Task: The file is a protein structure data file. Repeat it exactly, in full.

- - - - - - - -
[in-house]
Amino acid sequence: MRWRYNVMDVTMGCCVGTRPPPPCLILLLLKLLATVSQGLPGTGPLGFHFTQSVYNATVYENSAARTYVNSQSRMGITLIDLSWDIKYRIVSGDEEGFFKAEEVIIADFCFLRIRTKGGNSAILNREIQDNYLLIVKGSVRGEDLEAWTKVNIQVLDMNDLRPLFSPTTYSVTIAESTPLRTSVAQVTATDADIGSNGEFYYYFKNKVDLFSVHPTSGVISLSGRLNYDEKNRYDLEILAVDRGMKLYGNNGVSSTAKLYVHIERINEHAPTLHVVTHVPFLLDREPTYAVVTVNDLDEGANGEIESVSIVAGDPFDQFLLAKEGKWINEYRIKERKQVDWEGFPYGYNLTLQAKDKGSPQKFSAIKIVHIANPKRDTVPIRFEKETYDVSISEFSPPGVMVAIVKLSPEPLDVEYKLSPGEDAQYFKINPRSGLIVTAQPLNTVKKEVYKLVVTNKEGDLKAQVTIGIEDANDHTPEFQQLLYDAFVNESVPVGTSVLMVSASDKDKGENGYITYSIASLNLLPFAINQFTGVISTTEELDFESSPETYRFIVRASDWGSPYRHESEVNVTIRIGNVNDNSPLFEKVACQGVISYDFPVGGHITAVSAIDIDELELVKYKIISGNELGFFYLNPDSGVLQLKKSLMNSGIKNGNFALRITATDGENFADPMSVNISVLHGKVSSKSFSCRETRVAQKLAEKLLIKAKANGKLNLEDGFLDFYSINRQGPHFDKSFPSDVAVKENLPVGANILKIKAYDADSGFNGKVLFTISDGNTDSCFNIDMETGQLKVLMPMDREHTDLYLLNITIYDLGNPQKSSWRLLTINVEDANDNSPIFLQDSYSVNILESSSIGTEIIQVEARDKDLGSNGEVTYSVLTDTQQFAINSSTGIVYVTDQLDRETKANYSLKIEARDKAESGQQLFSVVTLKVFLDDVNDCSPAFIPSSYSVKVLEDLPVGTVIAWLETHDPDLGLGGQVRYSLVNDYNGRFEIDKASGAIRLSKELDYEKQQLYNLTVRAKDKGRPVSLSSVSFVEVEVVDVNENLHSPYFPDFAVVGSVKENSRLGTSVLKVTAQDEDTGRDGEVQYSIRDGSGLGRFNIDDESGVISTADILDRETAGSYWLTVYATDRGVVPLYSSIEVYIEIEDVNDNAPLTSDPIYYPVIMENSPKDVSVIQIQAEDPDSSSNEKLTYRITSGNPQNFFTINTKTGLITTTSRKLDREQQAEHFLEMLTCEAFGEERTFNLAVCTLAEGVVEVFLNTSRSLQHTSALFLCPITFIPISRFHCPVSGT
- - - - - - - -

[in-house]
Amino acid sequence: MRWRYNVMDVTMGCCVGTRPPPPCLILLLLKLLATVSQGLPGTGPLGFHFTQSVYNATVYENSAARTYVNSQSRMGITLIDLSWDIKYRIVSGDEEGFFKAEEVIIADFCFLRIRTKGGNSAILNREIQDNYLLIVKGSVRGEDLEAWTKVNIQVLDMNDLRPLFSPTTYSVTIAESTPLRTSVAQVTATDADIGSNGEFYYYFKNKVDLFSVHPTSGVISLSGRLNYDEKNRYDLEILAVDRGMKLYGNNGVSSTAKLYVHIERINEHAPTLHVVTHVPFLLDREPTYAVVTVNDLDEGANGEIESVSIVAGDPFDQFLLAKEGKWINEYRIKERKQVDWEGFPYGYNLTLQAKDKGSPQKFSAIKIVHIANPKRDTVPIRFEKETYDVSISEFSPPGVMVAIVKLSPEPLDVEYKLSPGEDAQYFKINPRSGLIVTAQPLNTVKKEVYKLVVTNKEGDLKAQVTIGIEDANDHTPEFQQLLYDAFVNESVPVGTSVLMVSASDKDKGENGYITYSIASLNLLPFAINQFTGVISTTEELDFESSPETYRFIVRASDWGSPYRHESEVNVTIRIGNVNDNSPLFEKVACQGVISYDFPVGGHITAVSAIDIDELELVKYKIISGNELGFFYLNPDSGVLQLKKSLMNSGIKNGNFALRITATDGENFADPMSVNISVLHGKVSSKSFSCRETRVAQKLAEKLLIKAKANGKLNLEDGFLDFYSINRQGPHFDKSFPSDVAVKENLPVGANILKIKAYDADSGFNGKVLFTISDGNTDSCFNIDMETGQLKVLMPMDREHTDLYLLNITIYDLGNPQKSSWRLLTINVEDANDNSPIFLQDSYSVNILESSSIGTEIIQVEARDKDLGSNGEVTYSVLTDTQQFAINSSTGIVYVTDQLDRETKANYSLKIEARDKAESGQQLFSVVTLKVFLDDVNDCSPAFIPSSYSVKVLEDLPVGTVIAWLETHDPDLGLGGQVRYSLVNDYNGRFEIDKASGAIRLSKELDYEKQQLYNLTVRAKDKGRPVSLSSVSFVEVEVVDVNENLHSPYFPDFAVVGSVKENSRLGTSVLKVTAQDEDTGRDGEVQYSIRDGSGLGRFNIDDESGVISTADILDRETAGSYWLTVYATDRGVVPLYSSIEVYIEIEDVNDNAPLTSDPIYYPVIMENSPKDVSVIQIQAEDPDSSSNEKLTYRITSGNPQNFFTINTKTGLITTTSRKLDREQQAEHFLEMLTCEAFGEERTFNLAVCTLAEGVVEVFLNTSRSLQHTSALFLCPITFIPISRFHCPVSGT